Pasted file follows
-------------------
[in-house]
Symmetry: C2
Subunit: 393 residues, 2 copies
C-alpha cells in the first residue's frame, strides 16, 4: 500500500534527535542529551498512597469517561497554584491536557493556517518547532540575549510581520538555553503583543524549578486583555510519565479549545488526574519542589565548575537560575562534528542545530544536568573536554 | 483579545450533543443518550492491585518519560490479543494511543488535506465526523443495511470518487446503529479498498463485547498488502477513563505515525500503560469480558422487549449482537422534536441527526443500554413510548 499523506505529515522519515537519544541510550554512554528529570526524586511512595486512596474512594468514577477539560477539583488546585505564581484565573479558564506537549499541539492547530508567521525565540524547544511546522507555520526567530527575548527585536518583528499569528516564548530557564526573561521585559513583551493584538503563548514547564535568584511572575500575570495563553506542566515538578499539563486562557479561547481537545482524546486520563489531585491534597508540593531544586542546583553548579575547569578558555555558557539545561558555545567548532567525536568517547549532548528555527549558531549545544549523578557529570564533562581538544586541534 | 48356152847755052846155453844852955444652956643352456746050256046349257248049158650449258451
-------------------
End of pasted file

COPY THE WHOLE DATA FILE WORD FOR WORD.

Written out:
[in-house]
Symmetry: C2
Subunit: 393 residues, 2 copies
C-alpha cells in the first residue's frame, strides 16, 4: 500500500534527535542529551498512597469517561497554584491536557493556517518547532540575549510581520538555553503583543524549578486583555510519565479549545488526574519542589565548575537560575562534528542545530544536568573536554 | 483579545450533543443518550492491585518519560490479543494511543488535506465526523443495511470518487446503529479498498463485547498488502477513563505515525500503560469480558422487549449482537422534536441527526443500554413510548 499523506505529515522519515537519544541510550554512554528529570526524586511512595486512596474512594468514577477539560477539583488546585505564581484565573479558564506537549499541539492547530508567521525565540524547544511546522507555520526567530527575548527585536518583528499569528516564548530557564526573561521585559513583551493584538503563548514547564535568584511572575500575570495563553506542566515538578499539563486562557479561547481537545482524546486520563489531585491534597508540593531544586542546583553548579575547569578558555555558557539545561558555545567548532567525536568517547549532548528555527549558531549545544549523578557529570564533562581538544586541534 | 48356152847755052846155453844852955444652956643352456746050256046349257248049158650449258451